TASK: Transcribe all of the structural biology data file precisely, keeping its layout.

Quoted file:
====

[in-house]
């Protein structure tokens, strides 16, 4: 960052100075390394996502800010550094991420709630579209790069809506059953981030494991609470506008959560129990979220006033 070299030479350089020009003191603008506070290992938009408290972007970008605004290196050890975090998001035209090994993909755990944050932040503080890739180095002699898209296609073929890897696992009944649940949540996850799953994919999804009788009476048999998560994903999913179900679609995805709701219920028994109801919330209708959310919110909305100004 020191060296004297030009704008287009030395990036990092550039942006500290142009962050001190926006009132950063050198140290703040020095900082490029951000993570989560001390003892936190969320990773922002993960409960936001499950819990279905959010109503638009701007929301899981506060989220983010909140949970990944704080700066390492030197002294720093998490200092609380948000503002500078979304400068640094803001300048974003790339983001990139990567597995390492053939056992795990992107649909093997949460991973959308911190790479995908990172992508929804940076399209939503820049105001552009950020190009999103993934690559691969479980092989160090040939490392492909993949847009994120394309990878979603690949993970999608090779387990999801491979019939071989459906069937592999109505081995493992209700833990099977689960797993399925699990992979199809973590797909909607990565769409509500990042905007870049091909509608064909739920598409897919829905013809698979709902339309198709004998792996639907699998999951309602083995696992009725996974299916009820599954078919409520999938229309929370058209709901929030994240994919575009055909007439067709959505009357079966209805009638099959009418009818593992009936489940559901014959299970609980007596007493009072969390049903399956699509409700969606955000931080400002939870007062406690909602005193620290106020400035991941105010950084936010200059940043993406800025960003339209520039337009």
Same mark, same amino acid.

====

[in-house]
């Protein structure tokens, strides 16, 4: 960052100075390394996502800010550094991420709630579209790069809506059953981030494991609470506008959560129990979220006033 070299030479350089020009003191603008506070290992938009408290972007970008605004290196050890975090998001035209090994993909755990944050932040503080890739180095002699898209296609073929890897696992009944649940949540996850799953994919999804009788009476048999998560994903999913179900679609995805709701219920028994109801919330209708959310919110909305100004 020191060296004297030009704008287009030395990036990092550039942006500290142009962050001190926006009132950063050198140290703040020095900082490029951000993570989560001390003892936190969320990773922002993960409960936001499950819990279905959010109503638009701007929301899981506060989220983010909140949970990944704080700066390492030197002294720093998490200092609380948000503002500078979304400068640094803001300048974003790339983001990139990567597995390492053939056992795990992107649909093997949460991973959308911190790479995908990172992508929804940076399209939503820049105001552009950020190009999103993934690559691969479980092989160090040939490392492909993949847009994120394309990878979603690949993970999608090779387990999801491979019939071989459906069937592999109505081995493992209700833990099977689960797993399925699990992979199809973590797909909607990565769409509500990042905007870049091909509608064909739920598409897919829905013809698979709902339309198709004998792996639907699998999951309602083995696992009725996974299916009820599954078919409520999938229309929370058209709901929030994240994919575009055909007439067709959505009357079966209805009638099959009418009818593992009936489940559901014959299970609980007596007493009072969390049903399956699509409700969606955000931080400002939870007062406690909602005193620290106020400035991941105010950084936010200059940043993406800025960003339209520039337009």
Same mark, same amino acid.